Not only the international community of coleopterists, but also the editorial board of this journal recently lost an extraordinary, experienced and helpful colleague and friend, Ottó Merkl from Budapest. Since 2008 on the editorial board, Ottó improved numerous manuscripts with his comments and corrections, and thus raised the scientific quality of our journal (formerly “Stuttgarter Beiträge zur Naturkunde Serie A, Biologie”).
Ottó was born on August 26, 1957 in Budapest. He studied at Eötvös-Loránd University, the oldest Hungarian university, and got his final degree in 1981. After the death of the unforgotten Zoltán Kaszab (1915–1986), eminent coleopterist and director of the Hungarian Natural History Museum in Budapest, Ottó Merkl was entrusted with the curation of the entire Coleoptera collection, one of the largest in Europe. The collection of darkling beetles (Tenebrionidae) alone is essential for all entomologists working on this family. The collection was established and mainly built up by Zoltán Kaszab, who was the most outstanding expert of this family (and of Meloidae) at that time. It consists of nearly 12,000 tenebrionid species, and more than 5100 species or infraspecific taxa are represented by type specimens. In addition to the types of species that were described by Kaszab himself, many types of Edmund Reitter, Hans Gebien, Sebastian Endrődy-Younga, Carl Koch and other specialists are also preserved in the collection. Through the high number of loans he prepared and the endless questions he answered concerning his taxonomic expertise, Ottó was well embedded in the community of world coleopterists. Besides his position in the museum as a senior curator, Ottó Merkl had just recently been nominated as director of the Department of Zoology.
Ottó Merkl also curated the collection of Hungarian Coleoptera, prepared a checklist, and conducted field research in order to find species previously unknown from Hungary and to confirm doubtful species with new, reliable data. Since 2005, his team found more than 160 species that were previously unknown from Hungary. The number of species in Hungary already exceeds 6300.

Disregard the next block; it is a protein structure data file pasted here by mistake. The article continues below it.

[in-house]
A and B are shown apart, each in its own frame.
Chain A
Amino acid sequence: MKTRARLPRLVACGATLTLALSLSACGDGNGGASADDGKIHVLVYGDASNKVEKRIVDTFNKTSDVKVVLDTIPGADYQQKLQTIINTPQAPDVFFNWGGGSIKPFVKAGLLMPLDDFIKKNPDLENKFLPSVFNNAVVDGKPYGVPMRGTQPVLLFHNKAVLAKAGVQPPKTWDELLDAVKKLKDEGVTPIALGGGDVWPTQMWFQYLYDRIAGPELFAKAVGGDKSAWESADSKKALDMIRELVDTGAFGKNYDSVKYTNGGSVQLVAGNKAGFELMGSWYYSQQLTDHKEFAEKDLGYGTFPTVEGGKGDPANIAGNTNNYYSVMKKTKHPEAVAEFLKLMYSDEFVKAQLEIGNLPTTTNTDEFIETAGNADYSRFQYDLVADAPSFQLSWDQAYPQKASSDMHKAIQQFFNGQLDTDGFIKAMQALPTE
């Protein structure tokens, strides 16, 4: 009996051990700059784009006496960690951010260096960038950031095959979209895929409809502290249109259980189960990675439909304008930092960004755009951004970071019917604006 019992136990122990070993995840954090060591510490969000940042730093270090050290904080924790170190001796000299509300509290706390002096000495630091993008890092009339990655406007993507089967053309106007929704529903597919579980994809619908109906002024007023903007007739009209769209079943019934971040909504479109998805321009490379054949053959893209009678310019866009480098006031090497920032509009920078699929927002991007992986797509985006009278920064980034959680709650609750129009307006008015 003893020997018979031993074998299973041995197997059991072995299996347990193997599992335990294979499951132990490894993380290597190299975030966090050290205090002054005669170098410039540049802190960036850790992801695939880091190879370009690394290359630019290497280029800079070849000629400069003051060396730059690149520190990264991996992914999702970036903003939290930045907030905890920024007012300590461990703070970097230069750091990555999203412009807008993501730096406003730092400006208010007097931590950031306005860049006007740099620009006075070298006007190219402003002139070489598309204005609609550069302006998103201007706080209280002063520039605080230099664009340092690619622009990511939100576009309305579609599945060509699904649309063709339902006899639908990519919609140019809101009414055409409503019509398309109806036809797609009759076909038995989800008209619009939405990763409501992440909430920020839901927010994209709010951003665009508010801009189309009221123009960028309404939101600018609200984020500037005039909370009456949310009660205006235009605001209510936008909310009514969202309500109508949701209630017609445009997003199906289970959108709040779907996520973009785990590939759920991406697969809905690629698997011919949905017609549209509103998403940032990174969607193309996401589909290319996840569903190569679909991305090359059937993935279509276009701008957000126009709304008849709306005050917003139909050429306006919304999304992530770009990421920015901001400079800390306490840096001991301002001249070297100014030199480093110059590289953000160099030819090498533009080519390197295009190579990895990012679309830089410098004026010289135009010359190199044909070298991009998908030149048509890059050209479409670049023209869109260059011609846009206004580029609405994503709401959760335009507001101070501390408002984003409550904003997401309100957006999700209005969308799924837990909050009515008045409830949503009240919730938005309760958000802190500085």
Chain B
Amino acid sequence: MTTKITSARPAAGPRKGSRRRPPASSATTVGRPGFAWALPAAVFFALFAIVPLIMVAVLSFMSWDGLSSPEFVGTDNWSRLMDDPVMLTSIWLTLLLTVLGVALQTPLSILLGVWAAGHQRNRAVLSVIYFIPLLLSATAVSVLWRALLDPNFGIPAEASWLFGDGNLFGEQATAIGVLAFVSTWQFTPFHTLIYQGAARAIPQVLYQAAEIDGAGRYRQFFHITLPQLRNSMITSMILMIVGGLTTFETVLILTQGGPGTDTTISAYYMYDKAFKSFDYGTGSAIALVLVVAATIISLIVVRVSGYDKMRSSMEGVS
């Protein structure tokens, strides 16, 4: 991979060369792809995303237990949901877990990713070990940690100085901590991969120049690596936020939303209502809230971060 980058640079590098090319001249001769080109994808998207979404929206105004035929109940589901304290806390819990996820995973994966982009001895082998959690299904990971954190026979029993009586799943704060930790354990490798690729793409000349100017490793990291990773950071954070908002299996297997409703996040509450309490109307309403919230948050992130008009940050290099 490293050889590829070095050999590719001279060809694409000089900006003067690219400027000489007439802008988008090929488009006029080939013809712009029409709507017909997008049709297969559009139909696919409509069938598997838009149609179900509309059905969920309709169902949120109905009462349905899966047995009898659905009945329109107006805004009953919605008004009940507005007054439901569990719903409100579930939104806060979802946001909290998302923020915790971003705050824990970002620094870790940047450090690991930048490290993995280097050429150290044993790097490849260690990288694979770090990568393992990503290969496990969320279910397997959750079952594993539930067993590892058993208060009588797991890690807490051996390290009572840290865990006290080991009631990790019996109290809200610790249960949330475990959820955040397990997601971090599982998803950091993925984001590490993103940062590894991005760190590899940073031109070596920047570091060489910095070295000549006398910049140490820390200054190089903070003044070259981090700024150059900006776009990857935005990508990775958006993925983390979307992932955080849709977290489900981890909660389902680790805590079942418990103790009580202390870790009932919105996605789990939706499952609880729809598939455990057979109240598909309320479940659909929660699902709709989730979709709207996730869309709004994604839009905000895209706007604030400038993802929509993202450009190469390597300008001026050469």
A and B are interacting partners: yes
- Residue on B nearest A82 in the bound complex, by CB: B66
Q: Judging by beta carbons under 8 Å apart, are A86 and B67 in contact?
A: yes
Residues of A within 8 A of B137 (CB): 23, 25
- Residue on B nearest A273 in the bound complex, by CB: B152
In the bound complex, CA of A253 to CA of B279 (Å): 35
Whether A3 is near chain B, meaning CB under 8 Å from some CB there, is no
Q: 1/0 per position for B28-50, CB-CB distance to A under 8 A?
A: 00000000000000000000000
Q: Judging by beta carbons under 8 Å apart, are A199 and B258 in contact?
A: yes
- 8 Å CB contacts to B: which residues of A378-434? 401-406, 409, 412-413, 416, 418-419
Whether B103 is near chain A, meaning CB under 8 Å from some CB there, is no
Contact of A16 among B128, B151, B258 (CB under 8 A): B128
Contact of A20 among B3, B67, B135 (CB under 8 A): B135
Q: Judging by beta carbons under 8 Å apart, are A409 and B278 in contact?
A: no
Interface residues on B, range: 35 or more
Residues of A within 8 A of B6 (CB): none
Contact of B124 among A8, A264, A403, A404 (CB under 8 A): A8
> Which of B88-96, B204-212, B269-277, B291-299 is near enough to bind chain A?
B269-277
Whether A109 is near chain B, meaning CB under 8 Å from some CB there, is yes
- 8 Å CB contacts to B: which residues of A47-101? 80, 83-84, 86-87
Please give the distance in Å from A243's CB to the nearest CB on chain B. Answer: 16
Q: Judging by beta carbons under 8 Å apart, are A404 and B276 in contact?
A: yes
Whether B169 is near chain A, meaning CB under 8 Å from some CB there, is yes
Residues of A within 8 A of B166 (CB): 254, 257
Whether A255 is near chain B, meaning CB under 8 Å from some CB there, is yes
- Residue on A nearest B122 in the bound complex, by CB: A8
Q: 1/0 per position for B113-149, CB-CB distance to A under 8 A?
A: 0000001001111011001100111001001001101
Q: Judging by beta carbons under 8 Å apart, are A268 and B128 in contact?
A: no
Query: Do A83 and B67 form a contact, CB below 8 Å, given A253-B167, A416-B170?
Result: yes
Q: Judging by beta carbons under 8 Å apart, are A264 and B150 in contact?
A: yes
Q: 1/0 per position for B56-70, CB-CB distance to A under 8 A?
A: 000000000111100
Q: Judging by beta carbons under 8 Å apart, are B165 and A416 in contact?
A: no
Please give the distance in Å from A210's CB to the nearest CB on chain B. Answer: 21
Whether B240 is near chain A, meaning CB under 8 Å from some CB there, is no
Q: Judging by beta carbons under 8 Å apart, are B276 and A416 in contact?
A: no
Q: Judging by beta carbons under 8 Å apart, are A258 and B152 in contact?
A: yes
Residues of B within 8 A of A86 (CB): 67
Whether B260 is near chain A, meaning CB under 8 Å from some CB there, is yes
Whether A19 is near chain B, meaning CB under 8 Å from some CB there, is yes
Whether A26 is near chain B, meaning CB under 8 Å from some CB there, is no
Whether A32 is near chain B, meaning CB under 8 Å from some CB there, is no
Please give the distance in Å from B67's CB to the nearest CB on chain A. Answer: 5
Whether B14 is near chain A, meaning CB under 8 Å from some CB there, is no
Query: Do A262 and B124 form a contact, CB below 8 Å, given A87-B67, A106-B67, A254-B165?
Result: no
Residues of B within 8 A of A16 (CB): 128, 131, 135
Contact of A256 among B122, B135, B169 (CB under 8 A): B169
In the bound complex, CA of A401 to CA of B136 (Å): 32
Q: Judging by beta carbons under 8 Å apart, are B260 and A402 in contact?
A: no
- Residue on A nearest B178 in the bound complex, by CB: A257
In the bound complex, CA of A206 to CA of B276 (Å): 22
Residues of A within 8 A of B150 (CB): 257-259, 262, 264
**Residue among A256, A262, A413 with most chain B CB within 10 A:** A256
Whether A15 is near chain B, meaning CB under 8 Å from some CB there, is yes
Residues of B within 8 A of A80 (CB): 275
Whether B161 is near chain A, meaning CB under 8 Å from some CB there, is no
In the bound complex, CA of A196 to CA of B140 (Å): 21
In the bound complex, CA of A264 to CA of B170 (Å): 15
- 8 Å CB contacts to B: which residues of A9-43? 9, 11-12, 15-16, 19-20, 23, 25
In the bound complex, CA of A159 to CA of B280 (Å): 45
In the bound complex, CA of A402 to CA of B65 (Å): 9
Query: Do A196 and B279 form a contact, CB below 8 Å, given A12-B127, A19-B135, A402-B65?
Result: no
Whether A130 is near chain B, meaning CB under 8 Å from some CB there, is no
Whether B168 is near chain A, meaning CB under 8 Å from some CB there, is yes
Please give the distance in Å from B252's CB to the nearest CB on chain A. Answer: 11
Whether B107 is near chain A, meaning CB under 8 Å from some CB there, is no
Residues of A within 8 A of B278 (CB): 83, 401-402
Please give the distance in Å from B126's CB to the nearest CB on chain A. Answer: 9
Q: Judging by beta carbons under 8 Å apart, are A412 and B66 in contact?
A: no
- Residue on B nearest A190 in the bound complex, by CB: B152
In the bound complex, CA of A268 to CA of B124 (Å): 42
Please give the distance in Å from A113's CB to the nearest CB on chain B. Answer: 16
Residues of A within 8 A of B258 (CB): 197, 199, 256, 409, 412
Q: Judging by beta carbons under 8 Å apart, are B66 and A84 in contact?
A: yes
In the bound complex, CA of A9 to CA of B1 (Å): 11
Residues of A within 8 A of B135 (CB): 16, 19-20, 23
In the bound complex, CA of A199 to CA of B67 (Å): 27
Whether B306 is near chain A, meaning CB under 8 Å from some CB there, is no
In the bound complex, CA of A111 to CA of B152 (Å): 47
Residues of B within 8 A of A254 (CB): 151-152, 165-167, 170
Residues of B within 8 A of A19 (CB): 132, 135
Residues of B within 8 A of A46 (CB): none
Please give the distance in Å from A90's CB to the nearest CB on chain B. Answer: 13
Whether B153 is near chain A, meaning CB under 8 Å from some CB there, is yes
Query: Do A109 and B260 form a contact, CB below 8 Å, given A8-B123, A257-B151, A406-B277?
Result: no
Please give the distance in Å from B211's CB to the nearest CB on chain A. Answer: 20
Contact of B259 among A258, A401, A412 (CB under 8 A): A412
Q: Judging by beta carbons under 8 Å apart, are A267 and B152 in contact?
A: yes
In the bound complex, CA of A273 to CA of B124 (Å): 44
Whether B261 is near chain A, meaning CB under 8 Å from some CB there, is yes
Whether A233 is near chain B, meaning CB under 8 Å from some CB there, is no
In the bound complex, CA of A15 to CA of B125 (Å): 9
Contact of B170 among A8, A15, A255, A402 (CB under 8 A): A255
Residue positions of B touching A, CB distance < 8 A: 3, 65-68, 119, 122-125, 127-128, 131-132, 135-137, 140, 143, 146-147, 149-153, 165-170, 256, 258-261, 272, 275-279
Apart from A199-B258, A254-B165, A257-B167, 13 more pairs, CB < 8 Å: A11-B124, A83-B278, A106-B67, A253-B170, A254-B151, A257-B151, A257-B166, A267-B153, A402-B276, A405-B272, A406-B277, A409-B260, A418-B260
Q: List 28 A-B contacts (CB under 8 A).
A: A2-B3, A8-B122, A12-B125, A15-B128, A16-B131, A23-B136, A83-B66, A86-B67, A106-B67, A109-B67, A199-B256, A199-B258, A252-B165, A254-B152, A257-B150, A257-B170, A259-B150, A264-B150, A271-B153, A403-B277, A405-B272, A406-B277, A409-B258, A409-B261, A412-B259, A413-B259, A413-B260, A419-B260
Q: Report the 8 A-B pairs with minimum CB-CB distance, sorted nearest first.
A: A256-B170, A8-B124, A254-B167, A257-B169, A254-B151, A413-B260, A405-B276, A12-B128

The research interests of Ottó Merkl were the taxonomy of Indo-Malayan Tenebrionidae, the taxonomy of Indo-Australian and Indo-Malayan Lagriini, also belonging to this family, the taxonomy of Palaearctic Coccinellidae, and the faunistics of Hungarian Coleoptera. His first scientific article about beetles was published in 1980, when he was a 23 year-old student. And, self-evidently, he was a welcome co-author for the family Tenebrionidae in the first edition of the “Catalogue of Palaearctic Coleoptera” (2008) as well as in the second, revised edition (2020).
Expeditions and study trips outside Europe lead him to Uzbekistan (1981), Armenia (1982), North Korea (Kumgang-san and Paekdu-san) (1988), Kenya (Mt. Elgon and Mt. Kenya) (1992), Indonesia (Gunung Palung National Park in Kalimantan Barat) (1993), Malaysia (Cameron Highlands and Pulau Tioman) (1995), Laos (Dong Hua Xao and Phou Khao Kouay) (1998), Taiwan (twice in 2002), and Nicaragua (2007).
My first visit to Budapest, together with Dr. Roland Grimm, was in 1985, when Zoltán Kaszab was still in duty. He taught us, always friendly and patient, the first steps in tenebrionid taxonomy. Then, from 1991 to 2005, I was ten times a guest of Ottó Merkl, typically for one week, for identification work and comparative studies. These were unforgettable, fruitful weeks spent mainly in the company of beetles. Without this cooperation my own scientific studies on tenebrionids, as well as the expansion of the Coleoptera collection in Stuttgart, would have been impossible. I could always show Ottó unusual beetles and asked for his opinion, and I never forget his words, pronounced several times: “Wolfgang, let us first check if it is a tenebrionid”.
During these visits we did not speak only about beetles, but also about many other things, for example about the political and economic situation in his country in general and the uncertain future of the Hungarian Natural History Museum in particular. Since years, stupid plans exist to move the museum away from the city centre of Budapest, first to the suburban belt and, in recent years, far out in the countryside. Ottó and his colleagues suffered much under this political pressure. During the Fifth International Tenebrionoidea Symposium in March 2018 in Prague (Fig. 1), we discussed a petition against these plans, but Ottó feared that international interference would not be helpful and could make the situation even worse.
On the morning of February 19 this year, Ottó Merkl had a heart attack in the Budapest metro and passed away on the way to the museum and to “his” Coleoptera collection.